Living Harmoniously: The Key to Finding a Long and Healthy Life

What is the secret to Japanese longevity?

For
Ken Mogi, Japan is a country where people's life expectancies are long. One reason for this is how they live harmoniously; Japanese people don't have the pressure of competing with each other. They continuously improve their crafts without comparing themselves to others.

Living in harmony is essential for long and healthy life.

Ken: In Tokyo, where I live, we think we have certain elements of the Western culture, because Tokyo is one of the hubs of the global economy. So we do find these people who are aggressive and assertive, and they try to present his/her case into a new command zone. 

But if you go to Kyoto, for example, the ancient capital, those people in power, these priests from the temple and all these houses of great cultural tradition, tea masters and flower arrangement, ikebana masters, they keep such a low profile. I mean, they don't have to assert themselves everyday. 

If you go to a really great restaurant, the chefs of these restaurants would not boast about how great their cuisine, I mean, they just behave in a way just like you just described, in a really naturalistic, subdued, low profile way. That's the Kyoto way.

So I think with that, Kyoto would probably be more authentically Japanese compared to a more buoyant and more competent Tokyo. But even in Tokyo, I do feel that the culture is kind of different from the American way of pushing yourself up to the front.

Nick: Now it reminds me, I guess, it reminds me of my father-in-law. I think I've mentioned to you that he's a potter, and he makes shino yaki, and he's very good at what he does. But if you met him, you just would know, and he'd never talk up what he does.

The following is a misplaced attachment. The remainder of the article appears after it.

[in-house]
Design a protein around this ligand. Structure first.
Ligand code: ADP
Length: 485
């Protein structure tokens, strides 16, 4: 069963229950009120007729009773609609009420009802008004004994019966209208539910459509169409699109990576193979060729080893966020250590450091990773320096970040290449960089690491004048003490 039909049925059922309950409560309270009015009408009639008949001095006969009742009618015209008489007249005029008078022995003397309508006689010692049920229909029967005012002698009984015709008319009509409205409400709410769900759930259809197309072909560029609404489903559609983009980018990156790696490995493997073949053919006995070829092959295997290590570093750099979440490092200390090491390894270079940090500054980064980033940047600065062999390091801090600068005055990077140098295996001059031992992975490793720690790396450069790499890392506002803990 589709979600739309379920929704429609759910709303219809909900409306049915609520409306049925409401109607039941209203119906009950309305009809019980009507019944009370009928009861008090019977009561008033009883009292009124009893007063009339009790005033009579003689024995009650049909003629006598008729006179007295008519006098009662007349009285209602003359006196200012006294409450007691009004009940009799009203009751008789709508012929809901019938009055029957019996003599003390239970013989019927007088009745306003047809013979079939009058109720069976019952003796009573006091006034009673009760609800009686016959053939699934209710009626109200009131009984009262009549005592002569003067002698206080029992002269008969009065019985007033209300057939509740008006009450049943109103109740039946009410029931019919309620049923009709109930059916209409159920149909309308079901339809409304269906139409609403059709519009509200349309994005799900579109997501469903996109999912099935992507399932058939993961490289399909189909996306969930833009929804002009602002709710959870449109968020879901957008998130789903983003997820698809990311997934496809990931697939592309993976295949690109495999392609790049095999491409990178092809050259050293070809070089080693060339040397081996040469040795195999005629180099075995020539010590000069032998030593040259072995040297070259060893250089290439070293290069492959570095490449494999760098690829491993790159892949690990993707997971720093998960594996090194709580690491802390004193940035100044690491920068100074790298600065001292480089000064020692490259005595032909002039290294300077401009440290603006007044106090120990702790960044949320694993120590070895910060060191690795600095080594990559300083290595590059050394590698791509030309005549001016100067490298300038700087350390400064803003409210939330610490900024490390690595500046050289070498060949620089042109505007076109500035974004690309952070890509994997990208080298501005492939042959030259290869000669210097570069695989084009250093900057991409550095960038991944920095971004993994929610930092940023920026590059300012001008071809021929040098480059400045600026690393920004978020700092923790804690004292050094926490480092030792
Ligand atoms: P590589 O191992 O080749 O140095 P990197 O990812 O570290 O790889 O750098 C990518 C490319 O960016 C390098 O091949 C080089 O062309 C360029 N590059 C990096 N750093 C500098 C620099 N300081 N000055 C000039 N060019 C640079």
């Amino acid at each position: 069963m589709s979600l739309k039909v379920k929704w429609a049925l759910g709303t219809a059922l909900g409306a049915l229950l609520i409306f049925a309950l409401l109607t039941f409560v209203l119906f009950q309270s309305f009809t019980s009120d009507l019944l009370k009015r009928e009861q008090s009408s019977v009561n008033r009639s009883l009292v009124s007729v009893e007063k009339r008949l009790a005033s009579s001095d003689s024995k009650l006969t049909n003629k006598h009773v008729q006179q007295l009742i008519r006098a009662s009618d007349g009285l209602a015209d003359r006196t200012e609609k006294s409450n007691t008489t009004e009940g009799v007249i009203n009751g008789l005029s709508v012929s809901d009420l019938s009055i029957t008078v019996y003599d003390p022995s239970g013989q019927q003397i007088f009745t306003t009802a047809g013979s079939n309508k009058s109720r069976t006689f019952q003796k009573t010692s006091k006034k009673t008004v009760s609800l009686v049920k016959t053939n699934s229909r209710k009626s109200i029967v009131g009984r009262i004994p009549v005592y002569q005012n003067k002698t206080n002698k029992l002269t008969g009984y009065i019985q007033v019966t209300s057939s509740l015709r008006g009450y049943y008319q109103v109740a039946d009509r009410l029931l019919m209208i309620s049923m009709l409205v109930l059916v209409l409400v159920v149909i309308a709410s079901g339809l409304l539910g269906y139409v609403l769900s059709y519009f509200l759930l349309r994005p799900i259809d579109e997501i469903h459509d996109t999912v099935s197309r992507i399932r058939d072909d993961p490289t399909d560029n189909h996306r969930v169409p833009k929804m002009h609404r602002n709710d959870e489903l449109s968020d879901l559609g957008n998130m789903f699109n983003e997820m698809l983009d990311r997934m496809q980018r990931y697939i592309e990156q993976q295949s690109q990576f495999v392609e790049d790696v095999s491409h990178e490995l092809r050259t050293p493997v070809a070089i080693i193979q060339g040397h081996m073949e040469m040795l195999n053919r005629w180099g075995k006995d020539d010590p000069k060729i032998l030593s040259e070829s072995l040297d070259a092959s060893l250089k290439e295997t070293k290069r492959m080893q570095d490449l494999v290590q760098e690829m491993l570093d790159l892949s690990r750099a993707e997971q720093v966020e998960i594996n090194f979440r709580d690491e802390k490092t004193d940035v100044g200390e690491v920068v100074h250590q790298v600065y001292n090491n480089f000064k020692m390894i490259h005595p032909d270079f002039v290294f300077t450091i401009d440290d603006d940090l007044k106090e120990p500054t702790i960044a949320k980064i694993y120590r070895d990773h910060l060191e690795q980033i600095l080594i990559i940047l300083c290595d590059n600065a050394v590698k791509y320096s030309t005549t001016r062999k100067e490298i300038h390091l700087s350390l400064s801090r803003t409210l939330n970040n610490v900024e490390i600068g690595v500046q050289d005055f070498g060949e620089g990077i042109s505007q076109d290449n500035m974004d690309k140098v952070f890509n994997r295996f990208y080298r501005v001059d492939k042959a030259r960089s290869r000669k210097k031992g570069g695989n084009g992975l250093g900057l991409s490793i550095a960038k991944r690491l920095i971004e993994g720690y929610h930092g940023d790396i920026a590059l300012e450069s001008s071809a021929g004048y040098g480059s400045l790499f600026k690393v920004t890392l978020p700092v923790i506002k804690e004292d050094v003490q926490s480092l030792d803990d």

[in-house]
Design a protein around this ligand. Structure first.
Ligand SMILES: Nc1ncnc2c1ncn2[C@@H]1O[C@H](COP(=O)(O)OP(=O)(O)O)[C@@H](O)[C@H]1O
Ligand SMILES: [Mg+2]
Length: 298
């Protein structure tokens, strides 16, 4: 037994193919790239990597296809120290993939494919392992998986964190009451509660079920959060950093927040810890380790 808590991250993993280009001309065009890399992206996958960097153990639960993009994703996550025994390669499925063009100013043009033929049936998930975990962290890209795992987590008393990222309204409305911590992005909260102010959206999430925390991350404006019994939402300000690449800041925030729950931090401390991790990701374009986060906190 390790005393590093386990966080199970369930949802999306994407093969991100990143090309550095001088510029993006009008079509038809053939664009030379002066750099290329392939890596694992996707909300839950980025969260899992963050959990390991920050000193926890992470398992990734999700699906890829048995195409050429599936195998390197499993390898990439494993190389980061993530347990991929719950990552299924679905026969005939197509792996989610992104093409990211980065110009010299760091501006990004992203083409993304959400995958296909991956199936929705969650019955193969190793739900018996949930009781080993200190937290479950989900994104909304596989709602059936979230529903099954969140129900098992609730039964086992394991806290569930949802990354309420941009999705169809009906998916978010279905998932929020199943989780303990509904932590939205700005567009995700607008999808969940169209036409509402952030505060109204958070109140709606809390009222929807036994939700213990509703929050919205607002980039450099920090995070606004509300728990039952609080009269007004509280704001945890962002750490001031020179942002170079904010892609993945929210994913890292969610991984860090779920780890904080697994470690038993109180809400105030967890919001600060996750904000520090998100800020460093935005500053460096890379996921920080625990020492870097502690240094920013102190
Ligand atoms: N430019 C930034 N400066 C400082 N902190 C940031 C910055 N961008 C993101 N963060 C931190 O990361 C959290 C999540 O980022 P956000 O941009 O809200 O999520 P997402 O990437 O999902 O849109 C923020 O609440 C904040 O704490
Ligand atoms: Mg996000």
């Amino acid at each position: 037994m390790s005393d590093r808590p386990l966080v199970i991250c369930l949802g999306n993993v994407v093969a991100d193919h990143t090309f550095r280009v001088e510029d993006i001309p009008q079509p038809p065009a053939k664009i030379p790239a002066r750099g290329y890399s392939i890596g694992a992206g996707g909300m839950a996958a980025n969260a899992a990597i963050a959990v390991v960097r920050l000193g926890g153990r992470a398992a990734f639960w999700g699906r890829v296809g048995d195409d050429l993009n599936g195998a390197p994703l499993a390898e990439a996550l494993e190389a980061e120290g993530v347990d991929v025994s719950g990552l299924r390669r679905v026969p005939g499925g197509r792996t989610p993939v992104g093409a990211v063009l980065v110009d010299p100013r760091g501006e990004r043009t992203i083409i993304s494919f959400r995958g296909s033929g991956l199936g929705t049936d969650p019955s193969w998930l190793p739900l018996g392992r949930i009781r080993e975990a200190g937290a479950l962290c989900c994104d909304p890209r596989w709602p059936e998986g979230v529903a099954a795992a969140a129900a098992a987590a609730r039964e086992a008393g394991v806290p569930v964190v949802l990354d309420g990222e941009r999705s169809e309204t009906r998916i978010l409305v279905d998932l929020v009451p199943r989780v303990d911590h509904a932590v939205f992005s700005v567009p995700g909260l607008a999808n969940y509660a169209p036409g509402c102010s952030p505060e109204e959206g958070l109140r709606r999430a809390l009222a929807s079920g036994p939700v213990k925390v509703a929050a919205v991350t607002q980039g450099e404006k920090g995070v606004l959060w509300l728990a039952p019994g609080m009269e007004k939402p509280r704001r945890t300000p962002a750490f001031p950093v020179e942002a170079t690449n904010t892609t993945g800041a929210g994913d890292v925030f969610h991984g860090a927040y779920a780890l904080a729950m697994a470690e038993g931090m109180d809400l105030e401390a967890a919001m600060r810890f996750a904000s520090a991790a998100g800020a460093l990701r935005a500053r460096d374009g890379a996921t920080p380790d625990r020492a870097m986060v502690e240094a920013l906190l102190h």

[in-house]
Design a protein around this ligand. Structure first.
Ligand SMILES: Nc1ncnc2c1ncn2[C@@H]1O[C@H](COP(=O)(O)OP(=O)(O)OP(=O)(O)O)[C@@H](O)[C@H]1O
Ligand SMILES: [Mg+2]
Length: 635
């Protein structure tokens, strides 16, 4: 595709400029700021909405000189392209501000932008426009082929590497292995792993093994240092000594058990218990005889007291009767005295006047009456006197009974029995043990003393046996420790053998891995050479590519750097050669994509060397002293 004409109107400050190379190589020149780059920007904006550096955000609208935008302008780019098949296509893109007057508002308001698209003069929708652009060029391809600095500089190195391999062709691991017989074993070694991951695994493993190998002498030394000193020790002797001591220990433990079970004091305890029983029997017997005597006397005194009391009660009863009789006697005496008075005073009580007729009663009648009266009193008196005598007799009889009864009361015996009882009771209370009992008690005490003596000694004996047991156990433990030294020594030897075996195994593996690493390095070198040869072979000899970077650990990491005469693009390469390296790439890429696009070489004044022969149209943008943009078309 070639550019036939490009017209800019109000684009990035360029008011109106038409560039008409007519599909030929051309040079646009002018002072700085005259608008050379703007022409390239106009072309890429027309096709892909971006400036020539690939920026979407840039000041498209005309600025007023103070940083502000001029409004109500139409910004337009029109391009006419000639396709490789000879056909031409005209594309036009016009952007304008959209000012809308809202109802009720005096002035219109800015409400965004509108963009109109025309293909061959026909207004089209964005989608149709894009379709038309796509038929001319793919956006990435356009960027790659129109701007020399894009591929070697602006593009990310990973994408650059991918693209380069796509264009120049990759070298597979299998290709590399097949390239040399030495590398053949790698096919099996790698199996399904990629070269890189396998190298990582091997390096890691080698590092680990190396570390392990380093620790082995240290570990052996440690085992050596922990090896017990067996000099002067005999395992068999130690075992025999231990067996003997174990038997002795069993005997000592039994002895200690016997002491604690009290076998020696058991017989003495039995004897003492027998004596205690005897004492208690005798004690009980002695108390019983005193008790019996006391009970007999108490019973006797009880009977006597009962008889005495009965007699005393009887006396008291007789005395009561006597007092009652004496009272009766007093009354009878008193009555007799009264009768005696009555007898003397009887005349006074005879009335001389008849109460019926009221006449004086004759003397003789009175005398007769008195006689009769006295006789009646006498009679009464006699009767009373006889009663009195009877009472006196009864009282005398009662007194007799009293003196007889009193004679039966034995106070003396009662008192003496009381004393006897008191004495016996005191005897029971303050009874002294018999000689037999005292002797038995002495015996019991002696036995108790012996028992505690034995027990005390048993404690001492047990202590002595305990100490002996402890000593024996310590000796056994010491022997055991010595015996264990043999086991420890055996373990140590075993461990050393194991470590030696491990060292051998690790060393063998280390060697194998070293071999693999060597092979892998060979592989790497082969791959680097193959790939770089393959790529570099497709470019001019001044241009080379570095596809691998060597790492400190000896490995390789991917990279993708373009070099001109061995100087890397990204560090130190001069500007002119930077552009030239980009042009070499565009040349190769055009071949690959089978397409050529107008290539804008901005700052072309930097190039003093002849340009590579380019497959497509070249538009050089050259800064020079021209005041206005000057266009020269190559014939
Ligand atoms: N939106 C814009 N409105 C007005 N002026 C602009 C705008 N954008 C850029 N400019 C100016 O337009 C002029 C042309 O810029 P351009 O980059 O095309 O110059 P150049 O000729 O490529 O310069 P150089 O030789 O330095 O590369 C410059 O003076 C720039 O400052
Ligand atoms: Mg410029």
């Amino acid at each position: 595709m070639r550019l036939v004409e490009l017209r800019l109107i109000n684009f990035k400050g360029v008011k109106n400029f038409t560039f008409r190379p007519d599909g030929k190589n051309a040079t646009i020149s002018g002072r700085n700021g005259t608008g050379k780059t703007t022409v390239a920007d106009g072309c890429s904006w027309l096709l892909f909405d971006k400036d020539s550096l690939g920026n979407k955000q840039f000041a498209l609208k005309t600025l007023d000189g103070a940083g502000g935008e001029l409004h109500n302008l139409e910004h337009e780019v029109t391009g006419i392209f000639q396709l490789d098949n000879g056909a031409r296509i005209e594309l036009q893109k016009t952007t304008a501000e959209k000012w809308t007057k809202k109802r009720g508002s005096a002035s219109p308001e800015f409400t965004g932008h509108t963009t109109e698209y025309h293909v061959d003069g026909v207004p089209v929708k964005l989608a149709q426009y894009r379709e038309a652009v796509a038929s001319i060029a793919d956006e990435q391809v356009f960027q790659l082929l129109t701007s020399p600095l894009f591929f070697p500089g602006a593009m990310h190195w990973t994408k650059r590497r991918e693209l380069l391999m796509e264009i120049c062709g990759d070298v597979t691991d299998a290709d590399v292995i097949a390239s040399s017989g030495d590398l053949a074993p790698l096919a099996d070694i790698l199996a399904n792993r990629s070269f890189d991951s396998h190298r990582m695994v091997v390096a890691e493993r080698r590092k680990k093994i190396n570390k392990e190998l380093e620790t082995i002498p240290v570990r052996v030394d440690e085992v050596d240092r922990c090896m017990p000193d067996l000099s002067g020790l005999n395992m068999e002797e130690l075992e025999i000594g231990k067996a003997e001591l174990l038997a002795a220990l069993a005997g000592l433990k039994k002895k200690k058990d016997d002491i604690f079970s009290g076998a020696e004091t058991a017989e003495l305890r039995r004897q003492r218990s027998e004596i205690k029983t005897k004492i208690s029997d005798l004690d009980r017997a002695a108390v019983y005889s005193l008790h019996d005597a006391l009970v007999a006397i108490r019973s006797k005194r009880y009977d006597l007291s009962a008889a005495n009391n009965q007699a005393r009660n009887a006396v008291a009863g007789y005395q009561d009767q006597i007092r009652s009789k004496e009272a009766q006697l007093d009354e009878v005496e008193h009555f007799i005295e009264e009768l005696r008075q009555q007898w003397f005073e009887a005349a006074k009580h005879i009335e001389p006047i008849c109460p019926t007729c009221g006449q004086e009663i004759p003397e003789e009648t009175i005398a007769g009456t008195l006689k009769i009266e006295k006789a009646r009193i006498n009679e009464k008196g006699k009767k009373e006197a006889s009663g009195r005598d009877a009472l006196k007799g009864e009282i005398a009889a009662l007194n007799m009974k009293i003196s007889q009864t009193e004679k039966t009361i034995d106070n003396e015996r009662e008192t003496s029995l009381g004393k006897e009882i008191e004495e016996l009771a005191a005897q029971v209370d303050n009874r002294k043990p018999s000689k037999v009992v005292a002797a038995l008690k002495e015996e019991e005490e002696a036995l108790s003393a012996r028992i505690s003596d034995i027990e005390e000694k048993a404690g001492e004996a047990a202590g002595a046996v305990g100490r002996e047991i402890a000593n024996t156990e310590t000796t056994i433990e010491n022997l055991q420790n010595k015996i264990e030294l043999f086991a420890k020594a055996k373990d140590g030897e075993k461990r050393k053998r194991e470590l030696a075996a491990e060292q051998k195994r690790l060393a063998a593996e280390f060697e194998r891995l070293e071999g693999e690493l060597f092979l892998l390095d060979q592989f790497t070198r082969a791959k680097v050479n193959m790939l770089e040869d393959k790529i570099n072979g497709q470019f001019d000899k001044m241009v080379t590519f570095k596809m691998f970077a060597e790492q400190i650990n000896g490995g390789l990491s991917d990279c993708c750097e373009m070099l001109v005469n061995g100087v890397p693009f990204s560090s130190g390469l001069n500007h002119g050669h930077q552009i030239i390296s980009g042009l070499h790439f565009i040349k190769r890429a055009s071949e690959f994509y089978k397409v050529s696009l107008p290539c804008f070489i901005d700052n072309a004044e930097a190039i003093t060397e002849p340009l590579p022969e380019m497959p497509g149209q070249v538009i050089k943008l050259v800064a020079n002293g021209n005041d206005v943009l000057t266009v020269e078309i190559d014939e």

So I certainly learned a lot of lessons about just being yourself and doing what you love, and just let your work express yourself rather than your words. There's no sense of self promotion, certainly with my father-in-law. I think he's done quite significant work. And he could certainly talk about it.

Ken: It has practical implications, or even existential implications, because as you know, Japan is a country where people's life expectancies are long. The Japanese are probably the most healthy, and the longest living nationals on this planet. I think, well, of course, there are many elements like genetics, and food, and lifestyle, but the lack of this pressure to compete with each other. 

I think, this harmony that the Japanese lifestyle has, is probably the key to finding a long and healthy life.

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